After Manchester Attack, Bogus Stories Were Everywhere

Meanwhile, one young victim was just 8 years old
By John Johnson,  Newser Staff
Posted May 23, 2017 12:16 PM CDT
Manchester Bombing: An 'Attack on Girls and Women'
This photo obtained by the Press Association shows victim Saffie Rose Roussos.   (PA via AP)

Authorities have identified the suicide bomber at Ariana Grande's Manchester concert as 22-year-old Salman Abedi. The Telegraph reports that he is a Manchester native, though his parents are from Libya and are believed to have fled the regime of Moammar Gadhafi. UK intelligence officials are now trying to figure out the big question: Was he a lone wolf or did he get help? ISIS has claimed responsibility for the attack, and police have arrested another suspect in connection with it, though it could be awhile before it's clear what, if any, connections Abedi had with them. Coverage:

  • 8 years old: The youngest victim among the 22 fatalities appears to have been Saffie Rose Roussos, who was just 8. She "was simply a beautiful little girl in every aspect of the word," says the head teacher at her school, per NBC News. Another victim was a college student previously pictured with Ariana Grande.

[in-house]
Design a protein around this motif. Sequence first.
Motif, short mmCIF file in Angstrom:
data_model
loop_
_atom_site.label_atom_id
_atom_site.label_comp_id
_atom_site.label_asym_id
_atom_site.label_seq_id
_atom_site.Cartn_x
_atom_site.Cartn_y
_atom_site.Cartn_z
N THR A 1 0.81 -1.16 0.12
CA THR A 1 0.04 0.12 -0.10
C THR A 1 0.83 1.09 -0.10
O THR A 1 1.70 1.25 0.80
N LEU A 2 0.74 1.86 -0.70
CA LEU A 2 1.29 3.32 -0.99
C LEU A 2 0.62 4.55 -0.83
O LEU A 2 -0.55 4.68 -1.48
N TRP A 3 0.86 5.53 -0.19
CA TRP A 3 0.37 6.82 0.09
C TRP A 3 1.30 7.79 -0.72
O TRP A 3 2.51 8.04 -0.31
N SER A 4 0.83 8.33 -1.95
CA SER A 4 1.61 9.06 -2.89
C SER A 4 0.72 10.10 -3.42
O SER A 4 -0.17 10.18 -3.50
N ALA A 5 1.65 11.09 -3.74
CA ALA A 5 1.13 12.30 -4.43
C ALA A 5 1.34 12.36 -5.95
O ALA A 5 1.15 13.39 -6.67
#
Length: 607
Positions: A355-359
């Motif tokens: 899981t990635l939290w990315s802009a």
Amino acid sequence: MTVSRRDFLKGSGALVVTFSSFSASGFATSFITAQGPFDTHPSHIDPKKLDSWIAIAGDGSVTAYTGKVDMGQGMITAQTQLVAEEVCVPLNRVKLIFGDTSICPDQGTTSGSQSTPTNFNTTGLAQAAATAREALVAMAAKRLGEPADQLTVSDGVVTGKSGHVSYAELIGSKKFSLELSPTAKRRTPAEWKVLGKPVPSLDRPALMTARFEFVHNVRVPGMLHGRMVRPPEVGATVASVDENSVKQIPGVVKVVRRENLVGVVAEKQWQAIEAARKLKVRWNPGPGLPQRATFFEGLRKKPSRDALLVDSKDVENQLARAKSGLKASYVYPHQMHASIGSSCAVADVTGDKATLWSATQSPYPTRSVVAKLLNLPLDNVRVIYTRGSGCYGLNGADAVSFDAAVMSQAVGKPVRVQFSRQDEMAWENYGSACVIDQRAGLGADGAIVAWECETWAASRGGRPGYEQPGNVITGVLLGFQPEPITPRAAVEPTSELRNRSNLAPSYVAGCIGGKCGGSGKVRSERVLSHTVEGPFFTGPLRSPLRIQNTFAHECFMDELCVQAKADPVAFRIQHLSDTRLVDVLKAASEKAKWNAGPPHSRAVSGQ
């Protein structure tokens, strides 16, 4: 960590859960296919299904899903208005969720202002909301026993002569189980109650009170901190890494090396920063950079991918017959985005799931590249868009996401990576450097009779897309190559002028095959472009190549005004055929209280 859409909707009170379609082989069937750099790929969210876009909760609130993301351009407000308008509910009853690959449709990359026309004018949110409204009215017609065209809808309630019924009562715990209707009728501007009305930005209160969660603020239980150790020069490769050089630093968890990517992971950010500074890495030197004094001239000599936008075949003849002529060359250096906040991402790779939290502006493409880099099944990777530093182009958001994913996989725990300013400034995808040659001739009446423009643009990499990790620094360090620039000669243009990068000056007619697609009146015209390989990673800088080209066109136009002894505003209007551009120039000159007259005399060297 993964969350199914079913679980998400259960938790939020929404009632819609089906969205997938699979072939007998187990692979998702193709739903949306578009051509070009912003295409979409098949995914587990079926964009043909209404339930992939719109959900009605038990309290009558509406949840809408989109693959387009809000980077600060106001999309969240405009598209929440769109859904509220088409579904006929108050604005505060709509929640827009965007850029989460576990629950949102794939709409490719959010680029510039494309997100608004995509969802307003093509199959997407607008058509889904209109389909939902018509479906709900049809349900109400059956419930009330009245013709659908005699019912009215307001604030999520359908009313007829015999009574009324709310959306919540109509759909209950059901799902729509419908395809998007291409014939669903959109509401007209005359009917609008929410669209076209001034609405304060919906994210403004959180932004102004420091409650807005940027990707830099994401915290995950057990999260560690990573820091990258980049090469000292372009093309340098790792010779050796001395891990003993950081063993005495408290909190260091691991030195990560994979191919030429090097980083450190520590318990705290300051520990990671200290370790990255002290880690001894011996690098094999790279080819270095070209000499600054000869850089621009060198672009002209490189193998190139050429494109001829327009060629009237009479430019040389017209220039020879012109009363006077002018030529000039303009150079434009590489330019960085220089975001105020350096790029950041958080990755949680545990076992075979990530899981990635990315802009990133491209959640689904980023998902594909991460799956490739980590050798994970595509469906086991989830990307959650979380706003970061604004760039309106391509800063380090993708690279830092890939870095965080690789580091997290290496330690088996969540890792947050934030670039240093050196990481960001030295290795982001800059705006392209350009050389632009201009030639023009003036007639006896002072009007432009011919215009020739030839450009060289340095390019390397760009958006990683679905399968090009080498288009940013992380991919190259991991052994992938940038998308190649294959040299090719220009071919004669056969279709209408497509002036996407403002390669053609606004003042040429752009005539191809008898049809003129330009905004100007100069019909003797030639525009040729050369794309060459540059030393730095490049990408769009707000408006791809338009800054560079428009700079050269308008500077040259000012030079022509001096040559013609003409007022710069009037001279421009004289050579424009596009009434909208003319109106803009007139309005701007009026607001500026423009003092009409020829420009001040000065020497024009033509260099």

• Bogus reports: In the immediate aftermath of the bombing, a slew of false stories began circulating online. BuzzFeed debunks them, including one about a supposed gunman outside a hospital.
  • More kids: The BBC has a Q&A on what's known about the attack so far. One detail: Of the 59 injured, 12 are under the age of 16.

  • Chosen target? This looks like "an attack on girls and women," declares the headline on a post by Christina Cauterucci at Slate. Grande's "global brand is one of blissful, unsubdued feminine sexuality," and her audience reflects that, writes Cauterucci. The bombing is a "massive act of gender-based violence."
  • What it was like: The New York Times has a detailed scene story based on the accounts of those who attended the concert, including at least one who thinks security checks were a little loose.
  • Still missing: Families were still trying to track down missing loved ones, and the Manchester Evening News has their pleas and photos.
  • One happy ending: Social media helped track down a 16-year-old girl missing after the show, and ABC News has the details. The girl's distinctive yellow top helped strangers find her at a local hotel.
  • Hopeful thought: Stephen King, no stranger to horror, had this to say about the terror group on Twitter: "ISIS: A rogue cult that has substituted superstition and murder for spirituality. Every bombing hastens the day when they will be no more."
  • Crowdfunding: The Manchester Evening News has set up a crowdfunding campaign for victims' families. It had raised more than $620,000 by 1pm ET on Tuesday.
(More Manchester stories.)

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